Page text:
Related to this is that commercial software that smaller libraries use to search other library catalogs to retrieve records may become more expensive or choices may become more limited. I say this because one of the questions in the FAQ asks “My commercial company offers an option for users to search catalogs of libraries an use or download records that originally came from WorldCat.Is that OK under this policy?” The answer in the FAQ is “No. You will need to establish an agreement with OCLC first.” I am assuming that the world “commercial” is not in there by accident and this won’t directly effect Open Source projects. However, there are a number of commercial companies that support Open Source Software that can do this (such as the Koha through its cataloging module) and they may need to sign an agreement with OCLC. This will also effect commercial companies that offer Z39.50 service. For example, the way I read this FAQ, EndNote will not be able to offer pre-configured Z39.50 search targets of libraries that use OCLC without an agreement from OCLC. This is furhter backed up by Terry Reese being asked, even previously to this policy, to “limit the Z39.50 functionality so that it didn’t become a free Bookware like program.” This may make it harder for our patrons to get content into personal citation managers. I am not really sure how enforceable this would be, but it may be an issue.
I am concerned about how this policy, as written, effects are ability to send records to III for use in Encore or to another commercial vendor that offers a commercial resource discovery product. If you are operating the server locally, it may be less of an issue because you are not necessarily transferring the records. However, if they are are using a hosted solution, my reading of this policy is that it would be considered a commercial transfer. The way I read the policy it disallows any commercial transfer. Commercial use is defined very liberally and I believe the policy, as written, does not permit us to do this unless OCLC signs an agreement with the vendor allowing this use. I doubt that this is the intent of this policy, but it is the wording. My fear is further enhanced by the question in the FAQ that reads “”My commercial company offers an option for users to search catalogs of libraries and use or download records that originally came from WorldCat. Is that OK under this policy?” The answer in the FAQ is basically no: “You will need to establish an agreement with OCLC first.” I would assume that OCLC would be more than willing to allow this for one library, however if OCLC doesn’t offer a blanket clarification that this is reasonable use, libraries will need to ask OCLC for permission to do this with their records. It will be interesting to see how this turns out. If a commercial entity was offering to create a union catalog for a local organization using something like Endeca or Encore would it be allowed? The way I read the policy I say it wouldn’t be allowed unless OCLC offered the commercial entity an exception. Since such an exception would on some level compete with OCLC’s Local WorldCat product, there could be questions raised.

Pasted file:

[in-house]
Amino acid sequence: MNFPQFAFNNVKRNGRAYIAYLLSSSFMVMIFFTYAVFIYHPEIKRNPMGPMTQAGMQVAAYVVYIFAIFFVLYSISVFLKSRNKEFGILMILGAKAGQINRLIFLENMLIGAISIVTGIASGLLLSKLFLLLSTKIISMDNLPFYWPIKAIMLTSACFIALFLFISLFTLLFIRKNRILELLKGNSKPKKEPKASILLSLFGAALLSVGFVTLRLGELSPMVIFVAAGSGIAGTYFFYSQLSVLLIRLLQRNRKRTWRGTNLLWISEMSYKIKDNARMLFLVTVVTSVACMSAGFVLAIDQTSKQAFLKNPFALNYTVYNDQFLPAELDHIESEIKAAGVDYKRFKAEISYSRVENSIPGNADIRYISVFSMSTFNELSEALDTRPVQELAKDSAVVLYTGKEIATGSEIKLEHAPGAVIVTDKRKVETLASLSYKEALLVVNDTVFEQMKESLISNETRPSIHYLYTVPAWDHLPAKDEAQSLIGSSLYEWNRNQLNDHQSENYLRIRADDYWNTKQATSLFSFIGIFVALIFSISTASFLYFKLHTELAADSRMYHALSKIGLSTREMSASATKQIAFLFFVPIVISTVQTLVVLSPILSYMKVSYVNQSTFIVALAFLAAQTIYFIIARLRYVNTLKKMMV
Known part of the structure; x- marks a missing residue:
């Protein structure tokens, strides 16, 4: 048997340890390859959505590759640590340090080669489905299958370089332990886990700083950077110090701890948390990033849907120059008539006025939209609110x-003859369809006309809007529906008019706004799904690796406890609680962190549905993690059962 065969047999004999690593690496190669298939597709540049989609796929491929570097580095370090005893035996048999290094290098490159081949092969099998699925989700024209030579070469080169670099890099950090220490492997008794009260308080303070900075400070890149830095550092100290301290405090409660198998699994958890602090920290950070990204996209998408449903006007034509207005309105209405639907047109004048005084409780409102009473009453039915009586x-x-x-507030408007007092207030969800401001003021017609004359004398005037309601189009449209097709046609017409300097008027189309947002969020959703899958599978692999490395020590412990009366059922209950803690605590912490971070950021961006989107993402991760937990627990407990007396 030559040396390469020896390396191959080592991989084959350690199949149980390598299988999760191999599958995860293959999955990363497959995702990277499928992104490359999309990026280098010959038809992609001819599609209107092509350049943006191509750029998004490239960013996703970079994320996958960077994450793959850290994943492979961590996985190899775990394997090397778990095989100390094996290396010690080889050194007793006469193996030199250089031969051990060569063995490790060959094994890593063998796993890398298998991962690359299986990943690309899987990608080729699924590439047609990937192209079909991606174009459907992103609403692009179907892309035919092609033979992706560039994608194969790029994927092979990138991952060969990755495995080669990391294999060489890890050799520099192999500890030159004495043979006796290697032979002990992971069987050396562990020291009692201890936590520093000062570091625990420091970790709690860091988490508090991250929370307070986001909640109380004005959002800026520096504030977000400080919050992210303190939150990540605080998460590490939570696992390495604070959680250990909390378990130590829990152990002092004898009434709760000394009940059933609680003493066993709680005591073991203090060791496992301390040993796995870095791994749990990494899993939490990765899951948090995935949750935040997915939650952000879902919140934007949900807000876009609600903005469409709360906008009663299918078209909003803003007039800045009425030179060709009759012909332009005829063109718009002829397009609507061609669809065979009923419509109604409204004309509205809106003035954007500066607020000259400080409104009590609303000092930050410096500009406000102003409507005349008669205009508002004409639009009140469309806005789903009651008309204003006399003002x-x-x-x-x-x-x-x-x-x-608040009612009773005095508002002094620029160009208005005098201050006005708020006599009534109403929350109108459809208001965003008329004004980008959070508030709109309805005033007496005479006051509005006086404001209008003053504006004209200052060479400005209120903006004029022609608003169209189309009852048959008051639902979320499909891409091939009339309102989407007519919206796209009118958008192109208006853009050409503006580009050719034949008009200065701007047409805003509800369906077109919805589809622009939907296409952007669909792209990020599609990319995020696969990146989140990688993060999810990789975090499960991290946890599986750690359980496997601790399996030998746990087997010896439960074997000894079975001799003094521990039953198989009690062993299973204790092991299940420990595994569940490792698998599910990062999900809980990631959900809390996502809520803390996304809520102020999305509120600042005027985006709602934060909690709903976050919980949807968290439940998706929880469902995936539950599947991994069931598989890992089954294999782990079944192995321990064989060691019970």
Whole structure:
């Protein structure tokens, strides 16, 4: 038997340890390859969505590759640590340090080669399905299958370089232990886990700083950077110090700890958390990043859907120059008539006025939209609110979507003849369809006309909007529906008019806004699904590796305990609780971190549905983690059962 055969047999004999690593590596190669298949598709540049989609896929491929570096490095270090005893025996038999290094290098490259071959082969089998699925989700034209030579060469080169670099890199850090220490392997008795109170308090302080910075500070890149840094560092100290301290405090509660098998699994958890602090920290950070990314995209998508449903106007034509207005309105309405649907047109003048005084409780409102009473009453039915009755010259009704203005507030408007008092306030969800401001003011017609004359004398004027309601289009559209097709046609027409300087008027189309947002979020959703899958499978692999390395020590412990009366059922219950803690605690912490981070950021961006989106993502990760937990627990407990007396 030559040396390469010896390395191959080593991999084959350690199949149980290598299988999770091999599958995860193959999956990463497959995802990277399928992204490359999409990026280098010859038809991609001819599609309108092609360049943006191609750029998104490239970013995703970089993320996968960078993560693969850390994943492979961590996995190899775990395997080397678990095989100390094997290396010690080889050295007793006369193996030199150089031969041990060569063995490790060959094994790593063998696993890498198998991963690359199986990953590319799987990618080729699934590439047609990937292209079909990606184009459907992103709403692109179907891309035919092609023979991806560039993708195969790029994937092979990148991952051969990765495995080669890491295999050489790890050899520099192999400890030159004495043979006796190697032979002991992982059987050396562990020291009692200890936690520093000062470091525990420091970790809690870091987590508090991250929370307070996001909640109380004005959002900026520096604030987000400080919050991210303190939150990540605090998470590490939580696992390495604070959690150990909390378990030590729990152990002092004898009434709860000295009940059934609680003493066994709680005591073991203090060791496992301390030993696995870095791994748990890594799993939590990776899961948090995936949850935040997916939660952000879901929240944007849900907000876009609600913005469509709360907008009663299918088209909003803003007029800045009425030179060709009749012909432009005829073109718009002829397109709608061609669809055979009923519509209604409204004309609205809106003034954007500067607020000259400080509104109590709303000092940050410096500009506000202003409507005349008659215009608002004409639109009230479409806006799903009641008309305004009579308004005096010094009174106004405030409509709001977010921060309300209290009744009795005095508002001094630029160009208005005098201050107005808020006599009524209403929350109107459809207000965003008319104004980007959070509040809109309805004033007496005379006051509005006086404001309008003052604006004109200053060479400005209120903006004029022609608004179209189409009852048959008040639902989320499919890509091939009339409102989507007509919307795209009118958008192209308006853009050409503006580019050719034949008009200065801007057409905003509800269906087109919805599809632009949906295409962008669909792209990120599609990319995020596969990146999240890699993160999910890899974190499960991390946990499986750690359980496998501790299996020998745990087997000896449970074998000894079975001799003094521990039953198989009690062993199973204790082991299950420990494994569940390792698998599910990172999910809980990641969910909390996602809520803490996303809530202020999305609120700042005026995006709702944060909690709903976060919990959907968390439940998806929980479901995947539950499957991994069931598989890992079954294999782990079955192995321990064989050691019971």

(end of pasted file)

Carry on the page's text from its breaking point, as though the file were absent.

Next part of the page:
What will happen from here? It depends on what OCLC reconsiders and changes from the policy. Taking into account Eric Childress’ comment that OCLC intends to be generous with exceptions along with the earlier e-mail from Karen Calhoun that says one of the intents of the new policy is to “Expand the opportunities for record sharing among members and non-members”, I am hopeful that they are reconsidering a lot of what I and others find objectionable and that when the re-release the policy there will be improvements. At the same time, I am sure the policy won’t be everything I hope for which would be to have a truly Open WorldCat. I know OCLC believes that it is in the best interests of their members to restrict access, but I disagree. Libraries are in the business of providing information (usually for free), not in the business of restricting access to information. If OCLC goes too far with restricting use and transfer of WorldCat records we may see a legal battle ensue (which may be a small part of the reason for the reevaluation). Besides the afore-mentioned monopoly issues there are other legal questions. Is OCLC in a position where it has the rights to put restrictions on records created by public employees? Are MARC records even copyright-able in the first place? Whatever ends up happening, it will be interesting.